“Who is responsible for the success…or failure…of your marriage?” Not every couple wants the pastor to help. Some have secret agendas to justify their actions.
I’ve often thought about the people who have made confessions to me after they ended a marriage. Though they did not come to me early on, I’d hear transparent comments about their previous manipulation.
One husband once confessed, “I just wanted out of my marriage no matter what was said. I was dead set on using anything I could to divorce her. I was having an affair.”
A gal told me, “I actually deprived my husband of sex with the hope he’d commit adultery. When he did, I told the church elders of his adultery and they approved my divorce. I mislead the elders.”
Many people have a need to confess.
Their deception eats away at them.
They need to get it off their chest.
When such folks would divulge the truth about their unscrupulous actions, it caused me to wonder about the others who were meeting with me.
Did they have a secret agenda?
I even think of those who make comments our blogs and Facebook. When people scroll through our topics, do they look for information to help them make personal adjustments to improve their actions and reactions in the marriage…or for information that bolsters their position and justifies blaming their spouse?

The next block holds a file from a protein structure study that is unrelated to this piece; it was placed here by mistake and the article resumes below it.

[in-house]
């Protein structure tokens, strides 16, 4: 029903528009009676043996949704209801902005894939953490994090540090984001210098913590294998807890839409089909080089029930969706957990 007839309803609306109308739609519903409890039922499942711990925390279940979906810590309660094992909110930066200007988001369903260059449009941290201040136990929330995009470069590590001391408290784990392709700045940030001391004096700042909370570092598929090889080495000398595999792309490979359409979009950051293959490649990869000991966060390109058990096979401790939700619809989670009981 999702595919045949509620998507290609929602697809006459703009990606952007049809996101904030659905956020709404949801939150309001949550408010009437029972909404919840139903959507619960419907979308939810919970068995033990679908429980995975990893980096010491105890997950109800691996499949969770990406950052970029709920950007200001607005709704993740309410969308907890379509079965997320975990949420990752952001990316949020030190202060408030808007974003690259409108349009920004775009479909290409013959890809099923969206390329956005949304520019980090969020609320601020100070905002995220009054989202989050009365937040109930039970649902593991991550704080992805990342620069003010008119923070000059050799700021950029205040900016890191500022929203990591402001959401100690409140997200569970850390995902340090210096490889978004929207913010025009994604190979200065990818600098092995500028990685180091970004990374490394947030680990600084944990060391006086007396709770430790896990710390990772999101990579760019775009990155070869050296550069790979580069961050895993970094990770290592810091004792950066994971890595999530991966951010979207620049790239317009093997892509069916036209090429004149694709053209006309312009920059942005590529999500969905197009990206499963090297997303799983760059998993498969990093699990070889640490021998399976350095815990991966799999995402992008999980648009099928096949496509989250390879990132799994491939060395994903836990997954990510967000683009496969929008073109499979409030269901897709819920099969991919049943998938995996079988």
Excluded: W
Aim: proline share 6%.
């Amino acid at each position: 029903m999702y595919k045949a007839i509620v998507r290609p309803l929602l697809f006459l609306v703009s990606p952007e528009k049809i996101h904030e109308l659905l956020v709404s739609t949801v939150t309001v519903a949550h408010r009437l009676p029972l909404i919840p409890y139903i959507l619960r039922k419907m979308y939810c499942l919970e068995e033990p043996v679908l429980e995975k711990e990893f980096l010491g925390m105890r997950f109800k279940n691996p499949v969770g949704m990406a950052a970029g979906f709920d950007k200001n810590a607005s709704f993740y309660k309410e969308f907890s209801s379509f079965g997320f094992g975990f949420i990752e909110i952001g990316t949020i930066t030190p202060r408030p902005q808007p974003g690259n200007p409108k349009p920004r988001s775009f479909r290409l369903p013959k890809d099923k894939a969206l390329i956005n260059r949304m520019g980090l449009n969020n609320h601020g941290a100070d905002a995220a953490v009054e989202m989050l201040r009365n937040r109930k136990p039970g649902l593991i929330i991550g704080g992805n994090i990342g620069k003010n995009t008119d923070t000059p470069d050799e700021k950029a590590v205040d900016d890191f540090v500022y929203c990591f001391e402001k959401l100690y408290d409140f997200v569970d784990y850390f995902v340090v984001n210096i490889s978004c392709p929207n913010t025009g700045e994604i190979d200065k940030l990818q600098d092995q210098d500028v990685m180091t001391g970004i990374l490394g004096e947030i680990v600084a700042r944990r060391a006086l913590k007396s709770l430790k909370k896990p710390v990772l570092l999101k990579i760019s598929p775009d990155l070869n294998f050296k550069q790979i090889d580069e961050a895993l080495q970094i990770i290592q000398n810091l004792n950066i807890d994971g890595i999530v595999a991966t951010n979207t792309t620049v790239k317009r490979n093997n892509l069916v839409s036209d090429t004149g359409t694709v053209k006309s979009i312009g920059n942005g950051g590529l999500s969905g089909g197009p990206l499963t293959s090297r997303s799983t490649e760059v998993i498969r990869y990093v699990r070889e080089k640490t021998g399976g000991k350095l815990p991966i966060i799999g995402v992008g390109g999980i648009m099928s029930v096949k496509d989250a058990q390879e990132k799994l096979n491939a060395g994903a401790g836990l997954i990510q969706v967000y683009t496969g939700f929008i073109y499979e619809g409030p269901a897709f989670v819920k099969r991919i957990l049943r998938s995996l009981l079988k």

Healing or Hurting
Do they want to make a copy of a blog so they can re-read it later and begin applying what spoke to their hearts?
Or do they make a copy to send to their spouses to read, since they see their spouses as having the problem?
Would you let me ask a personal set of questions, like I am your older, caring brother? In fact, let’s suppose you sat with me and said, “Big brother, ask me any question you think I need to hear.”
Okay, where are you at in this juncture of your marriage, given you are discouraged with the relationship and wondering how you will really be happy?
Are you looking for information to:
- tickle your ears, telling you what you want to hear?
– bolster your position against your spouse?
– judge your spouse as the one to blame and the one in the wrong?
– justify physical separation and even divorce?
– say publicly, “Even Emerson couldn’t help us?”
Or are you looking to:
- open your heart to God’s truth, knowing He is patient and gentle with you?
– own up to your side of the marital equation though your spouse has their own serious issues?
– honestly share your inadequacies in the marriage, rather than argue that you are not at fault?
– find the many good reasons for staying together, defaulting to the positives about your spouse?
– resist saying, “This is our last resort?”
By the way, if you do use the expression, “the last resort,” let it be about my home, not your marriage. My mom would be pleased and tell you to bring your swim suit.
I believe most couples truly seek advice and help because they want to heal their marriage. They are prepared to take the responsibility.
For those exceptions–those who want to place the responsibility elsewhere–perhaps it’s time to rethink your motives and remember the reasons you were drawn to your spouse in the first place.